San Antonio Express News
March 6, 2005
By Dr. Jerry Parsons
It must be March–the questions about the purple blue blooms hanging in clusters and having the wonderful scent of grape chewing gum have begun!! People are once again enjoying the large evergreen shrub that grows all over South/Central Texas and is referred to as the Texas Mountain Laurel. The scientific name of the Texas Mt. Laurel is Sophora secundiflora. The genus name, Sophora, is from the Arabic name, Sophero, and the species name, secundiflora, refers to the one sided inflorescence. Other vernacular names are the Mescal Bean, Frigolito, Frijollito, Frijolillo, Coral Bean, Big Drunk Bean, and Colorin. The plant is native to the limestone soils in central, southern, and western Texas, New Mexico, and northern Mexico. It is not the same Mt. Laurel found in the Eastern United States-that species will not survive in our area of Texas, and our Texas Mt. Laurel does poorly in those “foreign” areas. Our Mountain Laurel is practically indestructible as a landscape plant. It will survive in our poor alkaline soils.
Nothing seems to bother the hardy, drought tolerant Mt. Laurel. Hard freezes (below 20 degrees F.) will eliminate blooms, but won’t kill the plants. These natives seem resistant to the dreaded cotton root rot fungus which is deadly to 90 percent of all other Texas landscape plants. No foliage disease bothers the glossy, evergreen leaves. Occasionally foliage worms may devour some leaves, but the plant comes right back. Because the Mt. Laurel is an evergreen shrub or tree which will grow to a height of eight to 12 feet tall or more (30 feet), this may be the ideal privacy plant for our area of Texas. No other evergreen is as durable or adaptable. Plus, it blooms in spring!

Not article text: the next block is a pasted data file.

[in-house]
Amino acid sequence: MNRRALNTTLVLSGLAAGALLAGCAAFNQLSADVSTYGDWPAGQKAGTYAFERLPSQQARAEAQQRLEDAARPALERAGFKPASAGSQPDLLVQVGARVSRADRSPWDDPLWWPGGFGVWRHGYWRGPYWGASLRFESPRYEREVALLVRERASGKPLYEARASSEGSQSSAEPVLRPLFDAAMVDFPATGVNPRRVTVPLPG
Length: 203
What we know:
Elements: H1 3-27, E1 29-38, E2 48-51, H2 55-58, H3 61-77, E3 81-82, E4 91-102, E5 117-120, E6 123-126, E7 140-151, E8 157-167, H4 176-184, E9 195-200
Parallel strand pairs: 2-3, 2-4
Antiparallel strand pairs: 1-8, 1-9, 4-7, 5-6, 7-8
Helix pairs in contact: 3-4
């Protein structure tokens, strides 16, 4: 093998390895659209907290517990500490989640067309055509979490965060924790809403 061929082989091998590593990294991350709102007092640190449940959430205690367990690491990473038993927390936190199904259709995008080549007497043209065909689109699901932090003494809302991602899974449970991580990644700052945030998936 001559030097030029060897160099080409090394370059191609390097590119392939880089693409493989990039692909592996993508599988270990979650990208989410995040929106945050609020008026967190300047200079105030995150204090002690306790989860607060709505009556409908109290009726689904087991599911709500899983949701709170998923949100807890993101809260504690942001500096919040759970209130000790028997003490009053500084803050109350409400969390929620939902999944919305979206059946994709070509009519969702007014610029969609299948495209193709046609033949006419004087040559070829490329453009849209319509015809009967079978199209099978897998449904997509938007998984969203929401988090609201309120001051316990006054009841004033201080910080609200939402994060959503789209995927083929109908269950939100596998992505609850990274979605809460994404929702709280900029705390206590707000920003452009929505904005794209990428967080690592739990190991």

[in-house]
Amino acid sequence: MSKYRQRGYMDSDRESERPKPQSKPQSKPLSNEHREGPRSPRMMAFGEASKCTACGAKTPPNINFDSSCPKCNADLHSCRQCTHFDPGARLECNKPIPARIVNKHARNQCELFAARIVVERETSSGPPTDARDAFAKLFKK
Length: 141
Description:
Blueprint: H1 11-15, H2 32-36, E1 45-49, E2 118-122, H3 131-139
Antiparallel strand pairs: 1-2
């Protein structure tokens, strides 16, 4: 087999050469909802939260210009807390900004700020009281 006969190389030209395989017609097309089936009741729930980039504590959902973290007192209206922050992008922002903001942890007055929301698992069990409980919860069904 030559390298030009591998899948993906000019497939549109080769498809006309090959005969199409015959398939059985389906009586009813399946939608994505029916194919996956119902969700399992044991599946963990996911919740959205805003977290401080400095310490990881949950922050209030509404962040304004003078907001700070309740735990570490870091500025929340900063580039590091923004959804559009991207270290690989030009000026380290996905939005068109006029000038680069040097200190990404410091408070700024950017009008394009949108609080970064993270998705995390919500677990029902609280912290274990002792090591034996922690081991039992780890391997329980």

These beautiful plants are the answer to many of this area’s most serious plant problems. In the past, this outstanding landscape plant was only available as balled and burlapped (B and B). Large B and B trees and shrubs dug from the wild are very expensive because of the tremendous amount of labor involved in digging the plant, burlapping it and hauling it. As many as 50 percent of all Mt. Laurels dug do not survive this process. It is no wonder that this labor intensive process costs the consumer well over $300 for a four to eight foot, multi-trunk tree!
Because of some innovative work in propagating native plants of Texas by Lone Star Growers in San Antonio, Mt. Laurels are now available as container grown plants and are very affordable. For years these plants were described as “slow growing” and impossible to grow economically in containers. Modern technology and persistence have paid off. Large, containerized plants are currently available in local nurseries. Plants that are three to four feet in height in five gallon containers cost less than $25 each. Smaller plants that are one to two feet tall, in one gallon containers cost less than $7. As the plants begin to flower and the demand for this beautiful well adapted plant increases, some nurseries actually sell the small plants for less than $3 and the larger plants for less than $17.
With the availability of inexpensive containerized Mt. Laurel’s, these evergreen, blooming plants can be used for creating a privacy hedge or shrub mass. To plant containerized plants, simply dig the hole as wide, but no deeper than the container. Use the same soil pulled out of the hole to fill in around the plant or as your back fill soil. Make a circular dam around the hole (this makes watering easier). Water in thoroughly after transplanting to settle the soil around the root system.